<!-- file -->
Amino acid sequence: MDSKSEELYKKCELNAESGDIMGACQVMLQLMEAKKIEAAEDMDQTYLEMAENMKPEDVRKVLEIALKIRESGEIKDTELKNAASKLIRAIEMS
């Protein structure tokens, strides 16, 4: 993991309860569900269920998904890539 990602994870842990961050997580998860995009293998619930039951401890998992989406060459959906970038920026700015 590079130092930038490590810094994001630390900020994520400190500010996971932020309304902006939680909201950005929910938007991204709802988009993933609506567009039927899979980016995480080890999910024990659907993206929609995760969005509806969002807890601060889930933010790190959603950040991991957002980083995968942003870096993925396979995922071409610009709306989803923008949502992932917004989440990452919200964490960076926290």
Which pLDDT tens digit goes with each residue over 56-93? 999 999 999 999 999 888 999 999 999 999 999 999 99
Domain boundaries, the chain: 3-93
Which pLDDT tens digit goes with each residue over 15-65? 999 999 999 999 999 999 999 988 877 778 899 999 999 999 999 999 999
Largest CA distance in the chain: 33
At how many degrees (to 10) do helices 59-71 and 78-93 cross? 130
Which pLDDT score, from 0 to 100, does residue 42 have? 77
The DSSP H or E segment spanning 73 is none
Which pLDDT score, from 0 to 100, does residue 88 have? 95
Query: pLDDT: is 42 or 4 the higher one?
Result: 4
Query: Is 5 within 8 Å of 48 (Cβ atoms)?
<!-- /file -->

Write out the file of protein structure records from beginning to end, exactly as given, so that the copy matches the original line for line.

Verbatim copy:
Amino acid sequence: MDSKSEELYKKCELNAESGDIMGACQVMLQLMEAKKIEAAEDMDQTYLEMAENMKPEDVRKVLEIALKIRESGEIKDTELKNAASKLIRAIEMS
């Protein structure tokens, strides 16, 4: 993991309860569900269920998904890539 990602994870842990961050997580998860995009293998619930039951401890998992989406060459959906970038920026700015 590079130092930038490590810094994001630390900020994520400190500010996971932020309304902006939680909201950005929910938007991204709802988009993933609506567009039927899979980016995480080890999910024990659907993206929609995760969005509806969002807890601060889930933010790190959603950040991991957002980083995968942003870096993925396979995922071409610009709306989803923008949502992932917004989440990452919200964490960076926290």
Which pLDDT tens digit goes with each residue over 56-93? 999 999 999 999 999 888 999 999 999 999 999 999 99
Domain boundaries, the chain: 3-93
Which pLDDT tens digit goes with each residue over 15-65? 999 999 999 999 999 999 999 988 877 778 899 999 999 999 999 999 999
Largest CA distance in the chain: 33
At how many degrees (to 10) do helices 59-71 and 78-93 cross? 130
Which pLDDT score, from 0 to 100, does residue 42 have? 77
The DSSP H or E segment spanning 73 is none
Which pLDDT score, from 0 to 100, does residue 88 have? 95
Query: pLDDT: is 42 or 4 the higher one?
Result: 4
Query: Is 5 within 8 Å of 48 (Cβ atoms)?